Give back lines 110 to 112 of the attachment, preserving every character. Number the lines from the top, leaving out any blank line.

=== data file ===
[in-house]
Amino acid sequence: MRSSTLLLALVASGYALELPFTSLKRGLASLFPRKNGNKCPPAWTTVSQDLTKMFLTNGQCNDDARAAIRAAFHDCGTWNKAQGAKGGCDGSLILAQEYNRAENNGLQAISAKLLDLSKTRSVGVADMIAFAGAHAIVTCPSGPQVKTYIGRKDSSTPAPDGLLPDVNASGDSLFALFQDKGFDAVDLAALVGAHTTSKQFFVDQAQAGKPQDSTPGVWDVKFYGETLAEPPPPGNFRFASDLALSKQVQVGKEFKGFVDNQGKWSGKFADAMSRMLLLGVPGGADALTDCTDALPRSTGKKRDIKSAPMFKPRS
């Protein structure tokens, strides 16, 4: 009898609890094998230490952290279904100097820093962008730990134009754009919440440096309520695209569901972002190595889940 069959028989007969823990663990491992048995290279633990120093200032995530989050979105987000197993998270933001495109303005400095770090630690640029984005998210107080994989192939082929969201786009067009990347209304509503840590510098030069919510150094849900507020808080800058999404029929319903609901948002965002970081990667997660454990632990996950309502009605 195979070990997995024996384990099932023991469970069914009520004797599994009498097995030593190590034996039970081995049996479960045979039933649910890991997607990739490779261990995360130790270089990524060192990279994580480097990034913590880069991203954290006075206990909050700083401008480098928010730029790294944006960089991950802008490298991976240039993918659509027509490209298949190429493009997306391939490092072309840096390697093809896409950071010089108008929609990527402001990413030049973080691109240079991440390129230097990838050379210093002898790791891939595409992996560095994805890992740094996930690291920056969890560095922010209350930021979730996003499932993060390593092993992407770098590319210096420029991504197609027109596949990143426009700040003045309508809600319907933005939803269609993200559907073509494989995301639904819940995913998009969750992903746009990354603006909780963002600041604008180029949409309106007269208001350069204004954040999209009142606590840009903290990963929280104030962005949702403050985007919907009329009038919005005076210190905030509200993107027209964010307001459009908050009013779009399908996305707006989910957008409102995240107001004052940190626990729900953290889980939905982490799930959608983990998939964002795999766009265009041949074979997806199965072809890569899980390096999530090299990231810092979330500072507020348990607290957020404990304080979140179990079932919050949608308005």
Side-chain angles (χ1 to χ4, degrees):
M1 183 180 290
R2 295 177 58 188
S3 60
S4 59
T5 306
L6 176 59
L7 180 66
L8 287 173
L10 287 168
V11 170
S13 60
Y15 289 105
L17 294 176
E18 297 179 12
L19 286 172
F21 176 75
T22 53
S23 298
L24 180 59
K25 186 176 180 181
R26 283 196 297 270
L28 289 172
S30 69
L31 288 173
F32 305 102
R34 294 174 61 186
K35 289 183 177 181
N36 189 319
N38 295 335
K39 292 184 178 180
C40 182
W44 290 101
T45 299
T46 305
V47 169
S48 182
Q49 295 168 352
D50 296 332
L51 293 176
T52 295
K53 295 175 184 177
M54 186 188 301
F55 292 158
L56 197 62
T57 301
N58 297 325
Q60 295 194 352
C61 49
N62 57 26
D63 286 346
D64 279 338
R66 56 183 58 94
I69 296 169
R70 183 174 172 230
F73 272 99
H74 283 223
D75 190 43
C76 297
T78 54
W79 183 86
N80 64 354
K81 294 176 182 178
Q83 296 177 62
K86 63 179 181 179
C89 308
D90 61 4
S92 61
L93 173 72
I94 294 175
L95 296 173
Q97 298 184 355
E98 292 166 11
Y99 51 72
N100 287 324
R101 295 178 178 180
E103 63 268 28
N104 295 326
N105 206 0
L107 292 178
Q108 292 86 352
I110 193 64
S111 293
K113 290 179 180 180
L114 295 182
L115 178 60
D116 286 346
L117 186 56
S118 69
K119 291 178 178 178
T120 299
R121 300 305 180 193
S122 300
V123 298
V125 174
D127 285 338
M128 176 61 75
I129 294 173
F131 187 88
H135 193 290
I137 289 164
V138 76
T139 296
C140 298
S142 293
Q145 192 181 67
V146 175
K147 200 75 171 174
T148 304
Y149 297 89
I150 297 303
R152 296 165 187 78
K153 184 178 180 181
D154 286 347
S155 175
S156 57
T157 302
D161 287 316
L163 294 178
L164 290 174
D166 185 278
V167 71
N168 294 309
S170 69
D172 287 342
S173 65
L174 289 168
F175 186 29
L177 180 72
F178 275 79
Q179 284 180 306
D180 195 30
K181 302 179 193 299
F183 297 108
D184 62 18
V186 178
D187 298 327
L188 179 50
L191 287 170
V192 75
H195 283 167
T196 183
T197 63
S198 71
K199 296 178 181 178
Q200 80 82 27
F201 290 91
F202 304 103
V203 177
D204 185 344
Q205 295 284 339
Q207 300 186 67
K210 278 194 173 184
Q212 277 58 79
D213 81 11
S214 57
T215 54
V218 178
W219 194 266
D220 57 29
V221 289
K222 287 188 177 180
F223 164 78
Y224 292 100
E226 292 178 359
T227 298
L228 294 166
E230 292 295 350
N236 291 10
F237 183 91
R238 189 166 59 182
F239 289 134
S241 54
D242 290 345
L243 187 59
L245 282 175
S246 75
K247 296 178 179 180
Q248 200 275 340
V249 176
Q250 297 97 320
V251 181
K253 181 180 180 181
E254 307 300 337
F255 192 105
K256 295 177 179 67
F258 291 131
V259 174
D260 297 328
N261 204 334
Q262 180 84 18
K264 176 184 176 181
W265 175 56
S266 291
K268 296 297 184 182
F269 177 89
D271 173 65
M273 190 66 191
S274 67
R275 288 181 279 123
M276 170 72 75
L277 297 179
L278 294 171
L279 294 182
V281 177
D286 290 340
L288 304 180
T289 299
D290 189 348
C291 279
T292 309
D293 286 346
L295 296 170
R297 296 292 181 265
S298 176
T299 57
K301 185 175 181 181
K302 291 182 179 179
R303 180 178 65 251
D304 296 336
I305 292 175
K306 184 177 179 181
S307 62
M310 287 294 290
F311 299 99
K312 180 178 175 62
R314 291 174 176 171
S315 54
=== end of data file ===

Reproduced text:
V146 175
K147 200 75 171 174
T148 304